There is no significant difference in nutritional value between foods cooked in a microwave oven or by conventional means.
Conventional ovens are set at temperatures; microwave ovens are set at power levels. High or full power in all microwave ovens is 100% power, whether the output of the oven is 400 watts or 700 watts. When a recipe calls for half-power, this can be 200 watts or 350 watts, depending on what full power is.
Charts are available that show different settings on a variety of microwave ovens so that you can interchange recipes developed for a specific wattage oven by cooking the food for a longer or shorter period of time.
The time it takes for food to cook is directly related to the amount of food cooked and the amount of wattage the oven puts out. The higher the wattage, the shorter the cooking time.
An oven with 700 watts will cook about 25% faster than one with only 500 watts. The more food placed in the oven, the longer it takes to cook it.
Some large ovens have as many as 10 power levels; others have three or four, which, according to Consumer Reports, is all that is really necessary for most cooking.
Microwave ovens are manufactured in roughly three sizes, and the one chosen depends on what it will be used for--family meals, defrosting, frozen entrees, leftovers or entertaining.
The compact size has a 400- to 500-watt power output and is suitable for one or two people. Its interior capacity is 0.5 to 0.6 cubic feet, and its main function is defrosting and reheating. It can easily fit under a kitchen cabinet.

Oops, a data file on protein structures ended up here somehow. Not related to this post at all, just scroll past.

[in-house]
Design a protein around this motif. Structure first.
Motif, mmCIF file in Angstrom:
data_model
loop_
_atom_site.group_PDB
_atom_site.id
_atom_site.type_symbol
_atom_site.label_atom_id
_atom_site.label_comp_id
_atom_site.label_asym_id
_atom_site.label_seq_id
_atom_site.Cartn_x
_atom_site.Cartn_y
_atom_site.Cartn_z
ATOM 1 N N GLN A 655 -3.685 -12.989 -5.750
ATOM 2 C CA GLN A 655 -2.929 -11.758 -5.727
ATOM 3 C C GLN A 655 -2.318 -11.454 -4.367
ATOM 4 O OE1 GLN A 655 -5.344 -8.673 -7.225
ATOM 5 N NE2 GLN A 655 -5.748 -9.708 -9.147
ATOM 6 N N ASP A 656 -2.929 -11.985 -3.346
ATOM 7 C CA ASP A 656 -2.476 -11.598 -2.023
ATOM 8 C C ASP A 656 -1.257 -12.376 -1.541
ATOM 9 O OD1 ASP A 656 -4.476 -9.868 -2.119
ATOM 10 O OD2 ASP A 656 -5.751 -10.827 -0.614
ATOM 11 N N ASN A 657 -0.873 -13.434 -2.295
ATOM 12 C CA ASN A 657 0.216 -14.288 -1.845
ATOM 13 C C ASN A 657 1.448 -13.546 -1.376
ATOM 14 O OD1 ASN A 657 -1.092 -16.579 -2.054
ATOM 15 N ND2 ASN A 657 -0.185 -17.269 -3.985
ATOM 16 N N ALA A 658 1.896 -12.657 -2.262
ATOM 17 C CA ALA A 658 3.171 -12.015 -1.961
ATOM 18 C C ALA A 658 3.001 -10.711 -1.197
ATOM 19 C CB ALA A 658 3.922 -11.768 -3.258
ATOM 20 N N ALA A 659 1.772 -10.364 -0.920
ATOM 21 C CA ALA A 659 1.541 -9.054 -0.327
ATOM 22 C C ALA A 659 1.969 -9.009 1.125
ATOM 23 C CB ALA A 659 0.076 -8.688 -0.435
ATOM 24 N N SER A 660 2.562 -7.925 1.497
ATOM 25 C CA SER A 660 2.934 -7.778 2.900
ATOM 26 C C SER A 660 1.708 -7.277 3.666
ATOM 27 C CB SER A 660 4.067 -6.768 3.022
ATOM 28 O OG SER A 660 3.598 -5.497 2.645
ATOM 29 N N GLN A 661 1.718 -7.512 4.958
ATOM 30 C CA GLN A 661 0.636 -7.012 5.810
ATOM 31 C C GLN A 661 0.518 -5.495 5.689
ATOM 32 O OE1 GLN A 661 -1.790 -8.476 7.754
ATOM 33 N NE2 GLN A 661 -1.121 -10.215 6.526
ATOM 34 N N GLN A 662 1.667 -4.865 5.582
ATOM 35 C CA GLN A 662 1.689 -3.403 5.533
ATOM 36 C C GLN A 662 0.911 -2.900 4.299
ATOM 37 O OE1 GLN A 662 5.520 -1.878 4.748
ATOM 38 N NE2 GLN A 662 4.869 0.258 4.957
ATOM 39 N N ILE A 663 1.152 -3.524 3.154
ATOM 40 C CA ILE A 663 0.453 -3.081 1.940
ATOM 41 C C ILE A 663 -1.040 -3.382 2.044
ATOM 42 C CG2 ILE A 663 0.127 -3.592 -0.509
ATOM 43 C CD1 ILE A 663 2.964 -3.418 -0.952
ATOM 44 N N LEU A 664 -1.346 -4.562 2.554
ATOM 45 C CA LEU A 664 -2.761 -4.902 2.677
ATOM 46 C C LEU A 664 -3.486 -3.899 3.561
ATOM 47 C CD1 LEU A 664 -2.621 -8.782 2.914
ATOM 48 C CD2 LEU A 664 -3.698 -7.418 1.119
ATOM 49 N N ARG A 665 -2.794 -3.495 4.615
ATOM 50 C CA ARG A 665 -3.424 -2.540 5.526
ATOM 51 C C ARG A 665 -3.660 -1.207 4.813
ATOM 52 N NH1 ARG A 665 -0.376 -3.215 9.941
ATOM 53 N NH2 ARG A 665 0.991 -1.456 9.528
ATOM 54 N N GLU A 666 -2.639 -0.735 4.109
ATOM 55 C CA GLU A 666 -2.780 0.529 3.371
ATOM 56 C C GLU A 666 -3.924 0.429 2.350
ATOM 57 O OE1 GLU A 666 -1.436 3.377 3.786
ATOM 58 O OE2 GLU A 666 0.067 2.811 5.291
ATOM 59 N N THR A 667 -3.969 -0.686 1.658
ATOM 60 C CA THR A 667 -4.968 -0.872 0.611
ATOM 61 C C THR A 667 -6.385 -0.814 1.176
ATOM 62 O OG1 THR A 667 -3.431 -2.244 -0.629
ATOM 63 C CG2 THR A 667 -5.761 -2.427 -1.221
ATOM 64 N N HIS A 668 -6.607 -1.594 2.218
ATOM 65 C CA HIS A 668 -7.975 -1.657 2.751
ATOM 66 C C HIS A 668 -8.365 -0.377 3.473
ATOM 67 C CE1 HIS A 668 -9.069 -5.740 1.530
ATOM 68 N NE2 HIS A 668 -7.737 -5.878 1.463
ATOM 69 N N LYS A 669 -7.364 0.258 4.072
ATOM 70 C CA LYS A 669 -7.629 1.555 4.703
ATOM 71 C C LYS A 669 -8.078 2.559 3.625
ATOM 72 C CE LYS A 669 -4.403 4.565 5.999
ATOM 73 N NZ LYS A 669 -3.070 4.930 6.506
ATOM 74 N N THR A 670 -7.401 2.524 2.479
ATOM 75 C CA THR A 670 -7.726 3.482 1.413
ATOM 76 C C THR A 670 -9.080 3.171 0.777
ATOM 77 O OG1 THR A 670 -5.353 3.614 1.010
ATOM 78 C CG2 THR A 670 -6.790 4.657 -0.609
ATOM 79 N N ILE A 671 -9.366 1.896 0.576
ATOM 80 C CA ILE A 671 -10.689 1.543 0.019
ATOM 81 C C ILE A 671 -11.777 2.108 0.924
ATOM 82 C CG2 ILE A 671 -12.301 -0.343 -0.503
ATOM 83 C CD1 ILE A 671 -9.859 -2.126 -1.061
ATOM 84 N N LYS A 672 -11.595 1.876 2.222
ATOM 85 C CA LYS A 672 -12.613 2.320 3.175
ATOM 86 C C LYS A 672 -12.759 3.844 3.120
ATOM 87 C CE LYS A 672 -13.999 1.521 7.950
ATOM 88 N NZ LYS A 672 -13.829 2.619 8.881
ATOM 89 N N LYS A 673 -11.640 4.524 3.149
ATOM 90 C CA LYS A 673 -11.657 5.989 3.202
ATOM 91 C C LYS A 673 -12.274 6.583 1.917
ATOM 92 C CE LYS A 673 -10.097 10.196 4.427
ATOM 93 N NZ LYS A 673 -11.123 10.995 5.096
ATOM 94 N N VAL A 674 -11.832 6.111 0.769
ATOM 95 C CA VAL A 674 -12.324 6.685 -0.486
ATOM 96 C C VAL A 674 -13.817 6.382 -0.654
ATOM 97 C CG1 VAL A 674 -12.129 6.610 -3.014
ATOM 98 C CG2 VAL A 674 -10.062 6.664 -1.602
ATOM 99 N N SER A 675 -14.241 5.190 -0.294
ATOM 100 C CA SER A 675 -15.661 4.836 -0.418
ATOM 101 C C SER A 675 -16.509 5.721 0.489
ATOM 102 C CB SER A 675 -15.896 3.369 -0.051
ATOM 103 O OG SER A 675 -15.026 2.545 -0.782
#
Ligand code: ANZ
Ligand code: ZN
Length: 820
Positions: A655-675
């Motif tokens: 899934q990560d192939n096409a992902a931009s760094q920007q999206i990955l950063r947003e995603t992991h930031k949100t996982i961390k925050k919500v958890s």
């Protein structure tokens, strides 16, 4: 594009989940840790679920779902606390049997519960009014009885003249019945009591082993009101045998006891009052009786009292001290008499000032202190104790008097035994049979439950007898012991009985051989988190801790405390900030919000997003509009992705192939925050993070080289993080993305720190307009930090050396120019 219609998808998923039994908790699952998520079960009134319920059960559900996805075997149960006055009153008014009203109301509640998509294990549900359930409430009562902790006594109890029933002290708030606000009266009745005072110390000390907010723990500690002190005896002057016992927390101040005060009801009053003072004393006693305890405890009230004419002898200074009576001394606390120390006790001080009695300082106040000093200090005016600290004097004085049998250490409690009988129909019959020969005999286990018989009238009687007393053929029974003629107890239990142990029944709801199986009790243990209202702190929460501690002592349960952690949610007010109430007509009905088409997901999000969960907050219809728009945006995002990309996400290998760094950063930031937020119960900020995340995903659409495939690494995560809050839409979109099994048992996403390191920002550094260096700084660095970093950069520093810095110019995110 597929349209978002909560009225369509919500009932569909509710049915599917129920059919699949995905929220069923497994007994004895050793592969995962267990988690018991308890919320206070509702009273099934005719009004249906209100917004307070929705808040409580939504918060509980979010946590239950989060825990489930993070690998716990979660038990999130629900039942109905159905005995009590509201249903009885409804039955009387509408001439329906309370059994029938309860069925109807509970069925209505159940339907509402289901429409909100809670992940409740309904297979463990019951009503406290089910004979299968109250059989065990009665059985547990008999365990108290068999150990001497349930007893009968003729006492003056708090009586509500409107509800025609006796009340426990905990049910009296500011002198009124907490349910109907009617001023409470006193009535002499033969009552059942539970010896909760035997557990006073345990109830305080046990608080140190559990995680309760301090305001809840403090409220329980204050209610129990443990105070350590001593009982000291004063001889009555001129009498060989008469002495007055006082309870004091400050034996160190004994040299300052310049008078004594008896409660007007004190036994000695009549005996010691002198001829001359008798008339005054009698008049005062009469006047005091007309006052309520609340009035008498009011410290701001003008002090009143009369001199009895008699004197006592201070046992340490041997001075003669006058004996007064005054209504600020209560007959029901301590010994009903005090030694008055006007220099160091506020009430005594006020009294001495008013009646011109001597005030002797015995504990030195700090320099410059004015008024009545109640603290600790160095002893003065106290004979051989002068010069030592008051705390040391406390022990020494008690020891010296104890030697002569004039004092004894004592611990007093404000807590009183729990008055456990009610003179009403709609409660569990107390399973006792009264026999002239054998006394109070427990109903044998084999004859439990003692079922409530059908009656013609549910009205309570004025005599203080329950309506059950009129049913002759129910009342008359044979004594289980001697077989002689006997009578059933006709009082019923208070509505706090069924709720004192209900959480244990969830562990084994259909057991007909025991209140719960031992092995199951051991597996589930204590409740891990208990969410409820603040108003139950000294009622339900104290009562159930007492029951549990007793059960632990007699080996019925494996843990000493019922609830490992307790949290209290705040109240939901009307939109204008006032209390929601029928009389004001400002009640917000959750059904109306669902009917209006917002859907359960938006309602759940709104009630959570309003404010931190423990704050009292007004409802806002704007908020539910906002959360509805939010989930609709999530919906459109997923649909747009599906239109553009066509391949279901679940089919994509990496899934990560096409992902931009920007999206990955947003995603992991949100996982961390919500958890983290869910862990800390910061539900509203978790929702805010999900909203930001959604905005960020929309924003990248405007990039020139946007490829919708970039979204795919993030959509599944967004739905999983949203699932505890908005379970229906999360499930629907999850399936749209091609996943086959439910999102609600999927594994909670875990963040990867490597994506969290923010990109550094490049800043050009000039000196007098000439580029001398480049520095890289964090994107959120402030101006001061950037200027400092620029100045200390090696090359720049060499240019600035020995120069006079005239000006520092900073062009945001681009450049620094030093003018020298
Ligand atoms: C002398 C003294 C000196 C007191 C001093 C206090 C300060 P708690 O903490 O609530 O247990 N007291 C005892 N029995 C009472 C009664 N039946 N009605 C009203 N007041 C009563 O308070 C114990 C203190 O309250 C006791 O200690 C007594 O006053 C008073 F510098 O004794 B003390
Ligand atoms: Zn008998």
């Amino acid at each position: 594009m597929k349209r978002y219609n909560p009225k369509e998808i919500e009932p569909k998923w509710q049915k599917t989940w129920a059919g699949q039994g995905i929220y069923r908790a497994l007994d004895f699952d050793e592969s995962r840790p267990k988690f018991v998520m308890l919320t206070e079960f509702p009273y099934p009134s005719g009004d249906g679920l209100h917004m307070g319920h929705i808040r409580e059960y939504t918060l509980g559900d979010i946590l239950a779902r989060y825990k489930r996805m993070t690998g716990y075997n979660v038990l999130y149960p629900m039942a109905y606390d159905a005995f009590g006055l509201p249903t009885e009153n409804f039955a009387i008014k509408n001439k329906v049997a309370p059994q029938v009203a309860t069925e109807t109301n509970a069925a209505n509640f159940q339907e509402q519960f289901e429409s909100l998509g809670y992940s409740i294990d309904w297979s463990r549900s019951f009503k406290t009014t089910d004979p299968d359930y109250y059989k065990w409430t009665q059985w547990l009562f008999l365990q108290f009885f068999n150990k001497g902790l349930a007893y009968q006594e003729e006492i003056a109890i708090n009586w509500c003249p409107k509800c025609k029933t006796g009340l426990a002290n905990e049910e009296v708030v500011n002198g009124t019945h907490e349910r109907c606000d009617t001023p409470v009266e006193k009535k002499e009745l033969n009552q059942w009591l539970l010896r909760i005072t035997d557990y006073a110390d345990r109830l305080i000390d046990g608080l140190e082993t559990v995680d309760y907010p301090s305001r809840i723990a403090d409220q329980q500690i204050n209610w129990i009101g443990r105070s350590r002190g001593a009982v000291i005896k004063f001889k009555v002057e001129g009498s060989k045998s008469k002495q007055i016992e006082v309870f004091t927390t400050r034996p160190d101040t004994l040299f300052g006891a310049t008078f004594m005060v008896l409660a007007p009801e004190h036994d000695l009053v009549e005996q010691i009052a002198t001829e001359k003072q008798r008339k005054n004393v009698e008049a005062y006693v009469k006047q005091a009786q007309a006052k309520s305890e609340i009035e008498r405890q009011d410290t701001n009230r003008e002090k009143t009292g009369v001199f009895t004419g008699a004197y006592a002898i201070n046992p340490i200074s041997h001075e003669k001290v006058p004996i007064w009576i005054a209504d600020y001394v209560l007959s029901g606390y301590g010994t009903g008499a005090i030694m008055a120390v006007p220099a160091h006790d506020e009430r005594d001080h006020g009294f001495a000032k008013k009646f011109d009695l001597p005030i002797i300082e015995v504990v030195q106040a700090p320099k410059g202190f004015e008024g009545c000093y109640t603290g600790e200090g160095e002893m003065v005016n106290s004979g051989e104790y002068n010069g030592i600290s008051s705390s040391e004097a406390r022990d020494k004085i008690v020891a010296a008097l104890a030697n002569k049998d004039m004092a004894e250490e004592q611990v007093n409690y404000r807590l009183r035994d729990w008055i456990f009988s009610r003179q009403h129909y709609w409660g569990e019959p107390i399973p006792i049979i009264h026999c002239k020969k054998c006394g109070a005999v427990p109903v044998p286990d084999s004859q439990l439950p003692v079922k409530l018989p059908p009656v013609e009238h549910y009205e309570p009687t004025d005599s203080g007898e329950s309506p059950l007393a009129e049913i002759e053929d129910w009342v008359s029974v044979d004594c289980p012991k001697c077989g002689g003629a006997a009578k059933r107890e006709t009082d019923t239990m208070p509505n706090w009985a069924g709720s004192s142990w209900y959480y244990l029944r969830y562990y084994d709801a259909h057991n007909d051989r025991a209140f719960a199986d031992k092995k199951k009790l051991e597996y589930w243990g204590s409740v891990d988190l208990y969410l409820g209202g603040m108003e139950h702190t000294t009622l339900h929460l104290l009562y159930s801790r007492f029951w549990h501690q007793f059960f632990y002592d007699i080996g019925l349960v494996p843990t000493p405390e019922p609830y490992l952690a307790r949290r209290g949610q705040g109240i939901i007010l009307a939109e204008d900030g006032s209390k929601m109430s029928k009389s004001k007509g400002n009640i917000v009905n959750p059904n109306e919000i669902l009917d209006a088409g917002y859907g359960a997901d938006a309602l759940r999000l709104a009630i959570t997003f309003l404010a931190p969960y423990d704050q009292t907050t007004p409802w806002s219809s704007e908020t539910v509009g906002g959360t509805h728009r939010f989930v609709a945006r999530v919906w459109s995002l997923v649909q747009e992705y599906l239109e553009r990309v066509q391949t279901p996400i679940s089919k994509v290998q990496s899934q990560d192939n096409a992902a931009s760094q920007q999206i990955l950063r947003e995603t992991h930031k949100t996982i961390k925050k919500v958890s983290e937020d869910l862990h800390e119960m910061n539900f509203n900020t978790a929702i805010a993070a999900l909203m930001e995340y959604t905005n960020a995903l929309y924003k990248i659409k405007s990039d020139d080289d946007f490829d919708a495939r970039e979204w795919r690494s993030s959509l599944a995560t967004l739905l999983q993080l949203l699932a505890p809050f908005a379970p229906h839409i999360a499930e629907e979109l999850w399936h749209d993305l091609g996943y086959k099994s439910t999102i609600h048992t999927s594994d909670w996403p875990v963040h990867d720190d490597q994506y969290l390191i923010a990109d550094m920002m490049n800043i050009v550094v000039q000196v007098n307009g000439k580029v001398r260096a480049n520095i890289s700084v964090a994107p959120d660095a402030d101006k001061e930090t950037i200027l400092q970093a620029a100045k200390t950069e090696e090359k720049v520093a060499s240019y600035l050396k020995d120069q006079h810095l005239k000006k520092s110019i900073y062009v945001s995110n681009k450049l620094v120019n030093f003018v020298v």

The mid-size oven ranges from 0.8 to 1 cubic foot and puts out 500 to 600 watts of power. This size is suitable for small families for defrosting, reheating and cooking small dishes.
Large families or people who like to cook might opt for the 1.5 to 1.53-cubic-foot size, which can hold larger dishes. With 650 to 700 watts, these ovens cook food faster.
Some units come with two ovens--a built-in conventional oven below the burners and a microwave oven above.
Another popular choice is the microwave oven in combination with a convection oven. The convection oven browns the dish, then it is cooked quickly using microwave energy.
Since microwaves do not penetrate metal pans, food will not cook in them. The easiest way to determine if a non-metal dish is microwave-proof is to heat it on high, or 100% power, for 30 seconds. If the dish becomes too hot to touch, don’t use it.
Understanding your own cooking style will help you decide on the appropriate oven. For those who like to have dinner waiting for them when they walk in the door, a microwave with a high-tech touch-control panel makes it possible to leave frozen food in the oven in the morning and come home to food that has been automatically defrosted and cooked.